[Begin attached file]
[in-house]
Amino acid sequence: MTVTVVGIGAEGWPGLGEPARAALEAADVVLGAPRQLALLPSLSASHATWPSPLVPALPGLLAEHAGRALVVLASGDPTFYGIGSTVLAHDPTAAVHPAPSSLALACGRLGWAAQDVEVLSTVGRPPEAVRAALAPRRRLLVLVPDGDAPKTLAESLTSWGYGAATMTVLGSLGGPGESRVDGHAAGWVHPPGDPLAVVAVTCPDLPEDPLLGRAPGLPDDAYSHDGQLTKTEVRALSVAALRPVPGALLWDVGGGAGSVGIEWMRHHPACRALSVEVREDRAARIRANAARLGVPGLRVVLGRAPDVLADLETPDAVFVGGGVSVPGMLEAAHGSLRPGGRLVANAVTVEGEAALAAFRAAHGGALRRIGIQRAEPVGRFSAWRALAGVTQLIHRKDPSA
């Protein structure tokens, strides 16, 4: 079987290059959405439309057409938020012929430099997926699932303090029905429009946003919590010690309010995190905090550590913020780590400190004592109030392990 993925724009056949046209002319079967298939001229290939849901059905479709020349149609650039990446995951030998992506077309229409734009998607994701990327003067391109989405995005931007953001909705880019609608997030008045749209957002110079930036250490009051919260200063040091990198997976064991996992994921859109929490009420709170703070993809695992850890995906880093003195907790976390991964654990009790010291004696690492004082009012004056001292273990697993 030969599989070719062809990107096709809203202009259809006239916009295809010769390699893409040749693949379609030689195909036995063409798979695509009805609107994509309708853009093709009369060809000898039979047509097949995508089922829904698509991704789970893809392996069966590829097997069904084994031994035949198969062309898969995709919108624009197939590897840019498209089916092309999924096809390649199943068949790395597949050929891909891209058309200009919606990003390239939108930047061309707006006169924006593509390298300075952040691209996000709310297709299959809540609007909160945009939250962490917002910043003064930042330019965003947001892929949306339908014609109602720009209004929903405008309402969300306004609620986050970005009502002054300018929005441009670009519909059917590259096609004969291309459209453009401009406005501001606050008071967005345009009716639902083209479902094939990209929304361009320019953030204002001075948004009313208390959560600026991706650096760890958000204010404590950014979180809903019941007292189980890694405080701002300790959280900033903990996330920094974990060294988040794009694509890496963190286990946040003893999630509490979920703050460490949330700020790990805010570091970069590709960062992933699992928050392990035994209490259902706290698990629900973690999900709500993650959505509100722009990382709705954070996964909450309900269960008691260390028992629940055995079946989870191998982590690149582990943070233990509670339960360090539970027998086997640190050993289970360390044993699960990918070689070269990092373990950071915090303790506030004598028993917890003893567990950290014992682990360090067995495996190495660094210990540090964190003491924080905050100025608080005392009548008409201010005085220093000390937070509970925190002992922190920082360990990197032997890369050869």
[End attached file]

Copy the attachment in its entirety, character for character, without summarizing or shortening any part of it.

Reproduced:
[in-house]
Amino acid sequence: MTVTVVGIGAEGWPGLGEPARAALEAADVVLGAPRQLALLPSLSASHATWPSPLVPALPGLLAEHAGRALVVLASGDPTFYGIGSTVLAHDPTAAVHPAPSSLALACGRLGWAAQDVEVLSTVGRPPEAVRAALAPRRRLLVLVPDGDAPKTLAESLTSWGYGAATMTVLGSLGGPGESRVDGHAAGWVHPPGDPLAVVAVTCPDLPEDPLLGRAPGLPDDAYSHDGQLTKTEVRALSVAALRPVPGALLWDVGGGAGSVGIEWMRHHPACRALSVEVREDRAARIRANAARLGVPGLRVVLGRAPDVLADLETPDAVFVGGGVSVPGMLEAAHGSLRPGGRLVANAVTVEGEAALAAFRAAHGGALRRIGIQRAEPVGRFSAWRALAGVTQLIHRKDPSA
């Protein structure tokens, strides 16, 4: 079987290059959405439309057409938020012929430099997926699932303090029905429009946003919590010690309010995190905090550590913020780590400190004592109030392990 993925724009056949046209002319079967298939001229290939849901059905479709020349149609650039990446995951030998992506077309229409734009998607994701990327003067391109989405995005931007953001909705880019609608997030008045749209957002110079930036250490009051919260200063040091990198997976064991996992994921859109929490009420709170703070993809695992850890995906880093003195907790976390991964654990009790010291004696690492004082009012004056001292273990697993 030969599989070719062809990107096709809203202009259809006239916009295809010769390699893409040749693949379609030689195909036995063409798979695509009805609107994509309708853009093709009369060809000898039979047509097949995508089922829904698509991704789970893809392996069966590829097997069904084994031994035949198969062309898969995709919108624009197939590897840019498209089916092309999924096809390649199943068949790395597949050929891909891209058309200009919606990003390239939108930047061309707006006169924006593509390298300075952040691209996000709310297709299959809540609007909160945009939250962490917002910043003064930042330019965003947001892929949306339908014609109602720009209004929903405008309402969300306004609620986050970005009502002054300018929005441009670009519909059917590259096609004969291309459209453009401009406005501001606050008071967005345009009716639902083209479902094939990209929304361009320019953030204002001075948004009313208390959560600026991706650096760890958000204010404590950014979180809903019941007292189980890694405080701002300790959280900033903990996330920094974990060294988040794009694509890496963190286990946040003893999630509490979920703050460490949330700020790990805010570091970069590709960062992933699992928050392990035994209490259902706290698990629900973690999900709500993650959505509100722009990382709705954070996964909450309900269960008691260390028992629940055995079946989870191998982590690149582990943070233990509670339960360090539970027998086997640190050993289970360390044993699960990918070689070269990092373990950071915090303790506030004598028993917890003893567990950290014992682990360090067995495996190495660094210990540090964190003491924080905050100025608080005392009548008409201010005085220093000390937070509970925190002992922190920082360990990197032997890369050869």